Oh please do not ask for a kiss, thought Tristan. The little girl down the lane was always pestering him for a kiss. In fact, all the girls of his acquaintance always end up asking him for a kiss sooner or later. He should start charging a fee. He sighed. This girl was very young, but it was inevitable, really.

Her continued silence assured him that she was probably too shy to come right out and ask. “All right, then. I’ll make this easier for you. But just a quick one.” He took a deep breath and cracked open the doors, pursing his lips and closing his eyes.

“I think . . .”

“Go on,” he coaxed.

“I think I should like that chocolate pudding you were carrying upstairs.”

Tristan blinked open his eyes. “What?”

“Yes, that ought to work.”

Heat blasted his face. Had she really been afraid of the dark? Or had he just been swindled out of his stolen sweet by a couple of tears? Whichever, he wasn’t going to take the time to decide presently.

Burrowing a hand underneath his pillow, he slid out the small wrapped dessert, and walked back over to the closet, holding it in his hands like a sacrificial offering.

Solemnly, he stood before the open doors, but before he could summon the fortitude to hand it over, two slim arms reached out from a nest of now horribly wrinkled shirts and snatched it from him.

“Thank you,” she said quickly. “Now shut the doors, if you please.”

Tristan could only stand there and blink for several seconds before dumbly closing the doors.

“Master Tristan?” Someone called from the hall.

Reacting without hesitation, he swiftly launched himself onto his bed.

“Master Tristan?”

He heard the floor creak a second before Mrs. Hilde, his old nurse, opened the door.

Slowly sitting up, Tristan squinted and used his best I-just-woke-up-voice. “What is it, Hilde?”

With one hand on the doorknob, the other on her generous hip, his stout, rosy-cheeked nurse studied him for several moments, and then turned her searching gaze about the room. “Not ‘ere,” she eventually muttered from one side of her mouth—quite like she was speaking to someone standing in the hall behind her. “Just like I told ye, ma’am.”

“H-Hilde?” My, but he was good at pretending that he had just awakened.

“Don’t ye worry yer ‘ead,” she said, backing out. “I was only keeping me eye on ye.”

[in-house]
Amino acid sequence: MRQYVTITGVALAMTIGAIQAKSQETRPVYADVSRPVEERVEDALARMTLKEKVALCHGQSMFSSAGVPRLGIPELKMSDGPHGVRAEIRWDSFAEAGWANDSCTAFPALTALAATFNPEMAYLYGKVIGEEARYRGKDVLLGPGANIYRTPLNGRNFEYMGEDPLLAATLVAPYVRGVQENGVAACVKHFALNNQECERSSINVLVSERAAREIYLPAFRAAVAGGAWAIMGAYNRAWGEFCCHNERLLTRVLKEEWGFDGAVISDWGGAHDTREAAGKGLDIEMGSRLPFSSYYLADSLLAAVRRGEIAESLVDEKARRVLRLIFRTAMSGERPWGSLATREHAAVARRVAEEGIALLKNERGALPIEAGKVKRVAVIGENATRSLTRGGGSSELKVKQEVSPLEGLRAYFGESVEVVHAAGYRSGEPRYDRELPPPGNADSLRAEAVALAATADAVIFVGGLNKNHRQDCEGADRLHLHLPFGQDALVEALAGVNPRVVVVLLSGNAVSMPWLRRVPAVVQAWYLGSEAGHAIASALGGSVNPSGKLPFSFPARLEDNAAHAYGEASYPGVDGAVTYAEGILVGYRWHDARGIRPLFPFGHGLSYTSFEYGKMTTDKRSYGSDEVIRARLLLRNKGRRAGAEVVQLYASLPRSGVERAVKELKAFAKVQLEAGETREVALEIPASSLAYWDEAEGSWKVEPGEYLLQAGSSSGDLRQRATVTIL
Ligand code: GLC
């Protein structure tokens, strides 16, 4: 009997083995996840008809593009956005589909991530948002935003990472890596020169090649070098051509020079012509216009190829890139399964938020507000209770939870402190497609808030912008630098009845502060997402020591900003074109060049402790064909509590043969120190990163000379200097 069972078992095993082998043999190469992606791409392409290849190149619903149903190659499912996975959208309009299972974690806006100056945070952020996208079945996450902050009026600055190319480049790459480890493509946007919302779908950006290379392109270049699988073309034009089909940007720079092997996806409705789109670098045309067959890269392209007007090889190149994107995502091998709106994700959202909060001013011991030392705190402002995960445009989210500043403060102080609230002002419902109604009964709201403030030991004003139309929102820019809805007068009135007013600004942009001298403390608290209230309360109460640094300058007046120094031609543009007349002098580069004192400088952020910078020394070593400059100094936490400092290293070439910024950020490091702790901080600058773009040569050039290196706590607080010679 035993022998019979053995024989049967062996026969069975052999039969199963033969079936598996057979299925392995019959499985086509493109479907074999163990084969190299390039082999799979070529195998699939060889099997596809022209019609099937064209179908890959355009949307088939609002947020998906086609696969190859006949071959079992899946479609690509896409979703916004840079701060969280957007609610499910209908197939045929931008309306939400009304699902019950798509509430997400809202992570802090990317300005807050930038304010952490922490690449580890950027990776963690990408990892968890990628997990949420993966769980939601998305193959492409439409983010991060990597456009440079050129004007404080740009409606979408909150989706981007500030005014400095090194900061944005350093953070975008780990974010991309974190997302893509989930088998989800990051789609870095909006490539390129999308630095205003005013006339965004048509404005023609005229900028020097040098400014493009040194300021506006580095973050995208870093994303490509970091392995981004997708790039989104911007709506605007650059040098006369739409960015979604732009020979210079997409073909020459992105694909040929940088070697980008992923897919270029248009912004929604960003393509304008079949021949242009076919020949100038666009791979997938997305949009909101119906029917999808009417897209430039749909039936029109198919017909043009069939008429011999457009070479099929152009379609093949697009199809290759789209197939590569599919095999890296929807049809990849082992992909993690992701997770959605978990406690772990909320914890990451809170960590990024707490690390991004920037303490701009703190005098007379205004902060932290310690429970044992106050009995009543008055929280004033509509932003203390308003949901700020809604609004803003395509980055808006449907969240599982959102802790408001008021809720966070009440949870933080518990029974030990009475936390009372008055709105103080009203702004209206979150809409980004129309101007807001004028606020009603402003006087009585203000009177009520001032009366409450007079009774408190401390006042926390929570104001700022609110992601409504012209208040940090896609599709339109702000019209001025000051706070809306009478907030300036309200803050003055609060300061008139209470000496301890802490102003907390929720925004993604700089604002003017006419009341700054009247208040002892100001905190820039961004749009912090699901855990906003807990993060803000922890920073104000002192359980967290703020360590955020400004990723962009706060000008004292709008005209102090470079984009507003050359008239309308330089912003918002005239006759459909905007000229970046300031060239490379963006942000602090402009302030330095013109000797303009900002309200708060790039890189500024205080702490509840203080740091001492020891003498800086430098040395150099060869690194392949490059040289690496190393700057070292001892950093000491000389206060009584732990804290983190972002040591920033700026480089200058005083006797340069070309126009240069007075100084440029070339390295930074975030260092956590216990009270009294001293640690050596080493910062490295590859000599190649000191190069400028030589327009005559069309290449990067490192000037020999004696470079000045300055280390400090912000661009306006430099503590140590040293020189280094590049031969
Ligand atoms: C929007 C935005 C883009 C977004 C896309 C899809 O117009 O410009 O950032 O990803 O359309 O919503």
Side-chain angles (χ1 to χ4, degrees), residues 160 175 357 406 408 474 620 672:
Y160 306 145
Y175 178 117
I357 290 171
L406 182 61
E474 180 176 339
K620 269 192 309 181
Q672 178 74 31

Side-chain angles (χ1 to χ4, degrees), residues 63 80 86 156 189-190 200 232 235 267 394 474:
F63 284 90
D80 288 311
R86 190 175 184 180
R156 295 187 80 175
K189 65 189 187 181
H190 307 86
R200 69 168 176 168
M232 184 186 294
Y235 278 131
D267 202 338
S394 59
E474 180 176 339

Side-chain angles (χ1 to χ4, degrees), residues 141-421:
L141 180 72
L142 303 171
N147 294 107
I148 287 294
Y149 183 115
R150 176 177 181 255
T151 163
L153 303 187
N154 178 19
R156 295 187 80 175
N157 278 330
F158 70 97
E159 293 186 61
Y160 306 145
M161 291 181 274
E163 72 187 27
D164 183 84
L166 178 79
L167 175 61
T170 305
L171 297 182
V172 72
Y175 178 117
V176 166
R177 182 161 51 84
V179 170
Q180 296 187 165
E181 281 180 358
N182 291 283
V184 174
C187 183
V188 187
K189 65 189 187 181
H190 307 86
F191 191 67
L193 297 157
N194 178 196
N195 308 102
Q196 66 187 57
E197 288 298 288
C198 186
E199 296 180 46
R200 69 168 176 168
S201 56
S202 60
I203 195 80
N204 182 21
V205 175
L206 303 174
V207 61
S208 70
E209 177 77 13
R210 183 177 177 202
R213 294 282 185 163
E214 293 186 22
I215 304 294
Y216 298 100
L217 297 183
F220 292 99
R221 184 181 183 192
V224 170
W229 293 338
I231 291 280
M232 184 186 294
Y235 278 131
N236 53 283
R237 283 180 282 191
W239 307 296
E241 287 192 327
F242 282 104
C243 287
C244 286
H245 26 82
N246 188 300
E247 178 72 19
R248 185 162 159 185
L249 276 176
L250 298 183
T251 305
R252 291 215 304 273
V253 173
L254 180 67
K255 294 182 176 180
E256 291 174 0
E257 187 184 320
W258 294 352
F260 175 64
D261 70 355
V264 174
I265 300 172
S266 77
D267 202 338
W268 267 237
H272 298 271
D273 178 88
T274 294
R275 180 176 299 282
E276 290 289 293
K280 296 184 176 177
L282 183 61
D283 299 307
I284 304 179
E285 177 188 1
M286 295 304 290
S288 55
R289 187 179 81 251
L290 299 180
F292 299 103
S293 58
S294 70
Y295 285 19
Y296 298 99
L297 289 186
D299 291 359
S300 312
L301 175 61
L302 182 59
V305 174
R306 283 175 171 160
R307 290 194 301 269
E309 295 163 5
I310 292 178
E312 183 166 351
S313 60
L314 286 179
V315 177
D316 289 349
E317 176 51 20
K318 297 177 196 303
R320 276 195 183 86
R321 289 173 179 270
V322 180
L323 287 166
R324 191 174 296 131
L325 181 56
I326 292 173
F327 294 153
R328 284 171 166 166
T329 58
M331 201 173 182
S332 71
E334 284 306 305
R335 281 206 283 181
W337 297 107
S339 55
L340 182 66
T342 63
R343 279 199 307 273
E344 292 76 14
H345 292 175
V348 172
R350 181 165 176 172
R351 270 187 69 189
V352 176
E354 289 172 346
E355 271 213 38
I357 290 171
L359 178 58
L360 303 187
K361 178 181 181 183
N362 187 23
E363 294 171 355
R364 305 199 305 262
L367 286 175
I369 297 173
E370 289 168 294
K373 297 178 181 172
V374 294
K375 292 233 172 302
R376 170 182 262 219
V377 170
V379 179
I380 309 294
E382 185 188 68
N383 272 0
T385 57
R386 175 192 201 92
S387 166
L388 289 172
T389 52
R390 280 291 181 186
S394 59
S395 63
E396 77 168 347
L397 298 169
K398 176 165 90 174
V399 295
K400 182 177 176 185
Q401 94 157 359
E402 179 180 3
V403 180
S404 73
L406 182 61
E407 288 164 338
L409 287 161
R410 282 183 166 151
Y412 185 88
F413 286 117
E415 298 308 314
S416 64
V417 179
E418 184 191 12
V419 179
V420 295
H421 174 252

He smiled, knowing already what effect it had on people. Most people, that is.

Clearly unmoved by his practiced grin, she frowned. “Good day, Master Tristan.” Shaking her head, Hilde left, closing the door softly behind her.

A minute passed before the armoire doors cracked open slowly. “Is she gone?” Marianne whispered around a mouthful of pudding.

“Yes.”He slid off his bed to stand before the closet.

“Oh, good,” she said, jumping down from the shelf. Crumbs dotted her cheeks. “I saved you a piece.” She opened her fist, revealing a small, round, mashed together bit of moist cake.

Tristan took a tentative backward step. “Er, you can finish it.”

She shrugged, popping the last bit into her mouth with chocolate stained fingertips. Finished, she wiped her hands on the front of her light blue frock, and then looked up at him. “Oh, that was good. I almost never get to have dessert.”

“Almost never?”

She nodded solemnly then asked, “Why’d you steal the pudding?”

He froze for a moment, surprised by her directness, but quickly recovered. Tossing a lock of hair from eyes with a shake of his head, he waggled his brows, his smile one of cheeky innocence. “Well, how do you know I even stole it?”

“Your sister told me that you got in trouble. You haven’t been allowed to have dessert all week.”

“Oh.” His smile fell. Really, he shouldn’t be surprised. Rosie tended to natter on occasionally. “Did she tell you what I did?”

Shrugging, Marianne shook her head. “I suppose it was horrid. Rosalind said I wasn’t to speak with you—ever—on account of you being such a wicked boy.”

He scoffed, folding his arms over his chest. “My own sister disparages my character.”

“Why don’t you tell me what you did? I promise I will still like you, no matter.”

“You’ll still like . . ?” He shook his head as if to shake her words and the meaning behind them from his skull. “It was nothing really. I just put beetles in my aunt’s porridge.”

“You did?” she asked, wide-eyed and clearly awed.

“I did.” He smiled, his chest puffing up proudly at the sound of wonder in her voice. “They weren’t live beetles. That would be cruel. So I made sure to put in dead ones.”

Marianne clamped a hand over her mouth and giggled into it.

“Well, she didn’t think it was funny.”

Her hand dropped away. “What did she do?” she asked, excitement lighting up her eyes.